Most of us live busy, noisy lives. It is incredibly easy to run from one urgent item to another, filling up our days, weeks and years, without spending enough time on the important stuff — like items that make us happy. (BTW, if you haven’t done the happiness list exercise from two weeks ago, stop reading now and go do it HERE.)
Our life as a jar
In Stephen Covey’s 7 Habits of Highly Effective People, he describes Habit #3 Put First Things First. He uses the metaphor of fitting rocks in a jar. It goes something like this: Imagine a large jar. Your goal is to fit some large rocks and some pebbles and sand into this jar. Obviously, if we first put in sand and pebbles, it will be harder to fit in any large rocks.
However, if we put the big rocks in FIRST, then the pebbles and the sand will be able to fill in around the big rocks.
Here’s the metaphor part: This jar is the time we have. The big rocks are the important things in our lives. The sand and pebbles are the rest of the stuff. If we simply let our lives flow, we’ll get stuck doing the most urgent yet often unimportant “sand”-like things that come to us.
Many of these grains of sand are not the most important thing for us but are based on the priorities and expectations of others. And since they are immediately in front of us, we do them, filling our jar with small rocks and sand. Then when the fire drills are over, when we are drained and exhausted, we try to do those important but not urgent “big rocks.” And guess what? Not many of them get done.
Put first things first
The key is to proactively identify the most important things, those things that if done regularly will make a tremendous positive difference in your life. Identify those big rocks and proactively schedule them in your week FIRST. Protect that time as you would a meeting with an important client or a job interview. Then leave time in your week for following up on the urgent matters that will still come up.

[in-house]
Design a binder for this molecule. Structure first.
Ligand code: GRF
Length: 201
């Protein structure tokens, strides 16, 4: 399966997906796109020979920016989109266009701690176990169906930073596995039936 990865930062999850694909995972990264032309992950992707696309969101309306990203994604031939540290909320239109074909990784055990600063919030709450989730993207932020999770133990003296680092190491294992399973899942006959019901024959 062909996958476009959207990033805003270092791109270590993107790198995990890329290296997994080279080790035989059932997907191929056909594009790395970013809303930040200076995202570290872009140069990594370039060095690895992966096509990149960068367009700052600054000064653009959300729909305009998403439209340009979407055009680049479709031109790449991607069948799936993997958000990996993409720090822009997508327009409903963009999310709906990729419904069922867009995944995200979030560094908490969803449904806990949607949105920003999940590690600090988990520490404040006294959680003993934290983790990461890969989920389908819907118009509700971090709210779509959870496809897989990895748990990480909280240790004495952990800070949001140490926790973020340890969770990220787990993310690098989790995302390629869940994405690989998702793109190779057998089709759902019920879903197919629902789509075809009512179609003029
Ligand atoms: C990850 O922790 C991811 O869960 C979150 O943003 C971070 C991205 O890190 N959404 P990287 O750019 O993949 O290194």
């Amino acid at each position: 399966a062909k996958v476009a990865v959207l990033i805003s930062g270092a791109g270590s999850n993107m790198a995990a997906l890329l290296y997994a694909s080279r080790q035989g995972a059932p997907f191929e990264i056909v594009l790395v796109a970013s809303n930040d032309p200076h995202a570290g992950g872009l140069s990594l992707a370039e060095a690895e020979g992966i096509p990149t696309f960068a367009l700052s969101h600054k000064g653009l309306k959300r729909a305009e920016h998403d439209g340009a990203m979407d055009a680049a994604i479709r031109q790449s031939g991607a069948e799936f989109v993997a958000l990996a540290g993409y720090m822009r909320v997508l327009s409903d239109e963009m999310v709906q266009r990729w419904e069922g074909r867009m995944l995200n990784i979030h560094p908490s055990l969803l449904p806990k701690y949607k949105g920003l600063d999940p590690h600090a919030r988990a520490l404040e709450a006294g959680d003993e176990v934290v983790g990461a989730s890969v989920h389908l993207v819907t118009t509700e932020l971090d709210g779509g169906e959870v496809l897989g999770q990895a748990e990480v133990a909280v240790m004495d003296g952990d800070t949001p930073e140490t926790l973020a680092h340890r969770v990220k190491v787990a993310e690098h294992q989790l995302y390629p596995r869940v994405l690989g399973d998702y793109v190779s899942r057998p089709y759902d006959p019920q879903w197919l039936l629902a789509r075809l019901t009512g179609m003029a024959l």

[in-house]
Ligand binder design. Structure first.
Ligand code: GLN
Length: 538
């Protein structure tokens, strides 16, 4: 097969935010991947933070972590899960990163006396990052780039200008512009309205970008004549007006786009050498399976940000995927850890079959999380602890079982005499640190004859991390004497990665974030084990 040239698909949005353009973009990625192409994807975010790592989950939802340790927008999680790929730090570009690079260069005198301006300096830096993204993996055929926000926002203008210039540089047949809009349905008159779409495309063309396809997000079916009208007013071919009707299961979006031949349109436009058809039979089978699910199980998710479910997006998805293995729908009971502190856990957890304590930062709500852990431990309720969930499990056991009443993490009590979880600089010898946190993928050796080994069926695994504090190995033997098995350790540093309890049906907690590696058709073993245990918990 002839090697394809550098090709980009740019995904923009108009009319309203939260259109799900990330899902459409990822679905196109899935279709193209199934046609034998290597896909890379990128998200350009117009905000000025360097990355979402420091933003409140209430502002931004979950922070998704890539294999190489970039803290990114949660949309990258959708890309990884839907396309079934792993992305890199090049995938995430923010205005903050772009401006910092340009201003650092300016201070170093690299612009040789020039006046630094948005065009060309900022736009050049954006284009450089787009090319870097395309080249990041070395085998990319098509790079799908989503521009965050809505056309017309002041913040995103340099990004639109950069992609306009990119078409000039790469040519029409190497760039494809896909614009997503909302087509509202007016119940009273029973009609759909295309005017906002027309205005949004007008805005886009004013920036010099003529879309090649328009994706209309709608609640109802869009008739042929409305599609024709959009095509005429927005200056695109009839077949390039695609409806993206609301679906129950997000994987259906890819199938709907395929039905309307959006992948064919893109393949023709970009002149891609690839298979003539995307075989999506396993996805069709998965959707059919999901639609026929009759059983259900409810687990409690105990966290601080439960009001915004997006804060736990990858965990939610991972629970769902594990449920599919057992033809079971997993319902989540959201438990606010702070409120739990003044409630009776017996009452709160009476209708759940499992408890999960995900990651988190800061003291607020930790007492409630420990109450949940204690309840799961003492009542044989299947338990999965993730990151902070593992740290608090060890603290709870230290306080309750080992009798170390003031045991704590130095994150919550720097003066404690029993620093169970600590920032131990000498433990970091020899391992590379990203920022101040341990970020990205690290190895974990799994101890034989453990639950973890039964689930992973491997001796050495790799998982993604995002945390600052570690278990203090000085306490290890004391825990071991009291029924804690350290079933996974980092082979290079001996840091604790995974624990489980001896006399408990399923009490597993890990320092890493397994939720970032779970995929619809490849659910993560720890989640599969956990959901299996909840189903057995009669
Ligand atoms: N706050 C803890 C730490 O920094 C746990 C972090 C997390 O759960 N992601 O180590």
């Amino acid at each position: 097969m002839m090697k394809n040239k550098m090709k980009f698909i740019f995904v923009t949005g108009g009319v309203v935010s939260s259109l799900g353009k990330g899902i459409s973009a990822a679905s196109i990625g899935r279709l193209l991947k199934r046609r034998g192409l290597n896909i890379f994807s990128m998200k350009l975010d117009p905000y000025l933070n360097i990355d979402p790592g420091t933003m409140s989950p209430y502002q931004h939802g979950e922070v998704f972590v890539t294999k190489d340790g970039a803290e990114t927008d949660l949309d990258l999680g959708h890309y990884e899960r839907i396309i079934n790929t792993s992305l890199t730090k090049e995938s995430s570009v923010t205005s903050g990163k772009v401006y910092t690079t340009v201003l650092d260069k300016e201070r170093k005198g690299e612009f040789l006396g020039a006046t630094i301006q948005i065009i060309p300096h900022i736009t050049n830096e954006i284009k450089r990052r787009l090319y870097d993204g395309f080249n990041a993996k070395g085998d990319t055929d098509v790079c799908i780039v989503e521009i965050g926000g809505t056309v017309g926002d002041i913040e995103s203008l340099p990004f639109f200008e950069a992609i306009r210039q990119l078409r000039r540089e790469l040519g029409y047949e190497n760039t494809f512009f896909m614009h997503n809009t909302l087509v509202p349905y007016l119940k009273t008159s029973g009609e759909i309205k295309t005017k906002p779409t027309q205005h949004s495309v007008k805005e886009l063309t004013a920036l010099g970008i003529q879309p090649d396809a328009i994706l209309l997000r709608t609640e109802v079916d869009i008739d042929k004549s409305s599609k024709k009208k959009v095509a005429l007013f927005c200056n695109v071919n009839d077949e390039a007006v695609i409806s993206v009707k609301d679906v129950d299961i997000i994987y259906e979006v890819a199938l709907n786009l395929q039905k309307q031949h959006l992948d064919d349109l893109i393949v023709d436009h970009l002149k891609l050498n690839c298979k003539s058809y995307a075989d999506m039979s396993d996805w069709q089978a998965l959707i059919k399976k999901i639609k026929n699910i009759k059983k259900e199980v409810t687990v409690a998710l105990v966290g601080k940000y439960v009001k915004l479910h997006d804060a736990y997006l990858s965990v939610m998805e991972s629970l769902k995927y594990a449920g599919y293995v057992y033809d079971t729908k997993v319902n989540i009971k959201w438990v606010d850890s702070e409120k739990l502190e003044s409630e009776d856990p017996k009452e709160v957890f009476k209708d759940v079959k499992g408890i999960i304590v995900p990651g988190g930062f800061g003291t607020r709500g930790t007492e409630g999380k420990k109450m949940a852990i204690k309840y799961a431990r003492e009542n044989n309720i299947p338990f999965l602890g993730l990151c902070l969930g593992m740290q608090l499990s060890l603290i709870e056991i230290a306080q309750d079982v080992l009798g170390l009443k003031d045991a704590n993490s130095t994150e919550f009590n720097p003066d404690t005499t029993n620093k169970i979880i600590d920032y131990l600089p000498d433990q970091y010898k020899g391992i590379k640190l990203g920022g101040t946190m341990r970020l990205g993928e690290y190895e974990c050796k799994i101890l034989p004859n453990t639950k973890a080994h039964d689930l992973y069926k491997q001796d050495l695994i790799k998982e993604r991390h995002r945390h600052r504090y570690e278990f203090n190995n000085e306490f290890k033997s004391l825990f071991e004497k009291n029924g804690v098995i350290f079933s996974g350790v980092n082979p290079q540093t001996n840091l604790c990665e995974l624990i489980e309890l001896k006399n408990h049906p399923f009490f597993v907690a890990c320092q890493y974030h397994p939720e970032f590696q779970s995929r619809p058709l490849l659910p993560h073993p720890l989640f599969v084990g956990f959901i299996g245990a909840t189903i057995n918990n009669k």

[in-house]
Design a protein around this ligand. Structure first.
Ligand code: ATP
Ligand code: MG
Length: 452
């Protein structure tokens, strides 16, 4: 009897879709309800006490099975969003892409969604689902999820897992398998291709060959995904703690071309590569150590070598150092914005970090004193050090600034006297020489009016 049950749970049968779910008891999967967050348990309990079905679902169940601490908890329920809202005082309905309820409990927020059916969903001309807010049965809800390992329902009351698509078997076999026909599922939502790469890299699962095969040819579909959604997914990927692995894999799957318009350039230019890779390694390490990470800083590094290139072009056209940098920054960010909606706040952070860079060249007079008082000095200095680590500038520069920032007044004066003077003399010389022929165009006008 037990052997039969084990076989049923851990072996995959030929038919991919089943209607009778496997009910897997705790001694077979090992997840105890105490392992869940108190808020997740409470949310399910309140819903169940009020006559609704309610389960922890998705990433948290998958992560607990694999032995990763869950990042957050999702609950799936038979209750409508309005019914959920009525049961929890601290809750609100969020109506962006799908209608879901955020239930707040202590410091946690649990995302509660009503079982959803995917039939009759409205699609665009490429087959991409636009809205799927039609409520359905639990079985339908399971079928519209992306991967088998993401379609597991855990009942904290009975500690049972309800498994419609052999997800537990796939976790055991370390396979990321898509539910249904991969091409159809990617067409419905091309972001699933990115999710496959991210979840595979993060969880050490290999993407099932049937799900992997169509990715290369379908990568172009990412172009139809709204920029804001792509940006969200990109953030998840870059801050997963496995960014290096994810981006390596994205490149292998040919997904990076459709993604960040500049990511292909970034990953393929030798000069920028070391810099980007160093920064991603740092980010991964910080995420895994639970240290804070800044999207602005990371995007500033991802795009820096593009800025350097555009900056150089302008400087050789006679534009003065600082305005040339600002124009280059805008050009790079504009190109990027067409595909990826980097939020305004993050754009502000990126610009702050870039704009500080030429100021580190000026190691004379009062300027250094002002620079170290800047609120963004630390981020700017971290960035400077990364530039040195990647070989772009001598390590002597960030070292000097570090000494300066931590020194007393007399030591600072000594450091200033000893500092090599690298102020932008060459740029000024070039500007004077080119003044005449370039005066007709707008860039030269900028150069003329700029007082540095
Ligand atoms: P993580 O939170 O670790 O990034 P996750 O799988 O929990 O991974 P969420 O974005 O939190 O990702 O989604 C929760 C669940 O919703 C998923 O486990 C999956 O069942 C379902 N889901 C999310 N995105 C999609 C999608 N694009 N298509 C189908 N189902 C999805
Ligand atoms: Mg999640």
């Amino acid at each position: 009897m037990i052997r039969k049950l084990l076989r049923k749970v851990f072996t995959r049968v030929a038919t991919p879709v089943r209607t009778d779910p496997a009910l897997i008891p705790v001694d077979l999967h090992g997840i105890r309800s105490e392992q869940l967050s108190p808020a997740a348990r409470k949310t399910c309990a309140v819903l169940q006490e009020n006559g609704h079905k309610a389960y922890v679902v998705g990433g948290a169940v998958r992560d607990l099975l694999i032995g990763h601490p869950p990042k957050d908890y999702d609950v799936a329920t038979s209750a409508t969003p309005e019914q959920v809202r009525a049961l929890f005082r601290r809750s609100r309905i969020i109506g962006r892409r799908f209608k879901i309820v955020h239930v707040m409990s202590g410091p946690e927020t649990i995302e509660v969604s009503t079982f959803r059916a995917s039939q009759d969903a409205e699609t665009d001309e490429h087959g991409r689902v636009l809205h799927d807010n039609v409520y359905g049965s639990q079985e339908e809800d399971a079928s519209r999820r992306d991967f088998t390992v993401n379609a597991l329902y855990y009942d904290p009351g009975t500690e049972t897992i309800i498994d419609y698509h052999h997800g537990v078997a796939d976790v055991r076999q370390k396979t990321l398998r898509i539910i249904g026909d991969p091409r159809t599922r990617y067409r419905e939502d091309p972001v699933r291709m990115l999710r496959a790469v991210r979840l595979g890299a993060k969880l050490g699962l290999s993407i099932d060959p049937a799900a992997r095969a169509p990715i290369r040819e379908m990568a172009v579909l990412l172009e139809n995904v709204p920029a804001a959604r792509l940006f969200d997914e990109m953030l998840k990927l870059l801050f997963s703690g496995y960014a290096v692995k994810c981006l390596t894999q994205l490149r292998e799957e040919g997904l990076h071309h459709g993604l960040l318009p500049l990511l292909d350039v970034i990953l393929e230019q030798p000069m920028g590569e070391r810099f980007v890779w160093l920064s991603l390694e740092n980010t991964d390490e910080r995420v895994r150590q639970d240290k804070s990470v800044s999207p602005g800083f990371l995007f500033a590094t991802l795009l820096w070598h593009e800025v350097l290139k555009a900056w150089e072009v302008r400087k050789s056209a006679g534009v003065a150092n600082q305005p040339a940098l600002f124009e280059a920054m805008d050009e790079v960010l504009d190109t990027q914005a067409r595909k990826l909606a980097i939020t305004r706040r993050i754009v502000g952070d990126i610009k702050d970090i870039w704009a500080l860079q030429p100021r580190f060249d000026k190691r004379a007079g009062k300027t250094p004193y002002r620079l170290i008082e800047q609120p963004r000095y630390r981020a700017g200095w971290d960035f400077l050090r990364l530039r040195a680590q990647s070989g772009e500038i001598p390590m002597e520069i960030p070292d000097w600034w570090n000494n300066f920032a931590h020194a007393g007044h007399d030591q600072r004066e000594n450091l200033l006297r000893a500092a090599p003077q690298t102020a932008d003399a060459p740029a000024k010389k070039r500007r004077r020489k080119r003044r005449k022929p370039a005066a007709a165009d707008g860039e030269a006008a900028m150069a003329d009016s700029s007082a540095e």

For many, just thinking about this metaphor is enough to start putting first things first. But some of you might be saying, “But EVERYTHING I do is important!” If it feels that way to you then try this exercise:
Urgent vs. Important
For a week, track how you spend your time. Put all of your activities on a grid showing each activity’s importance and urgency as follows:
Be honest about what is in Quadrant 4 – the non-urgent, non-important section. This is the easiest place to find room for your Quadrant 2 “big rocks.” Replace as much mindless channel or web surfing and endless Facebook updates with activities from your happiness list. We often fall into non-urgent, non-important activities because we haven’t figured out what really makes us happy or haven’t made it easy to do. Now that you are armed with your own happiness list, you can take advantage of this found time.
Now also look at what you listed in Quadrant 1. What are truly your priorities — those that align with your values, your principles, your chosen roles — and which are other people’s priorities? Again, be honest, look at each item and weigh its value to you and who you want to be. What if you kept it on the list but did it less often? Are there responsibilities that you can let go of? When you take care of yourself first, you’ll have more capacity and energy to help others.
By defining those things that make you happy (your big rocks) and prioritizing them in your schedule, you are taking a huge step towards increasing your positivity ratio and moving your life into flourishing.Eric Karpinski The Happiness Coach
P.S. Hey Los Angelenos – I’m bringing the Science of Happiness Workshop to two locations near you. I’ll be at:
- Literati Cafe in West LA on Sunday Nov. 6 at 6pm (12081 Wilshire Blvd, 90025). More details here: http://www.facebook.com/event.php?eid=155496051213615
- Yoga World Studios in downtown Long Beach on Sunday Nov. 13 at 7pm (250 West Ocean, 90802). More details here: http://www.facebook.com/event.php?eid=278834468816188
Come join us, or if you have friends in LA who might be interested in coming, forward them this information.
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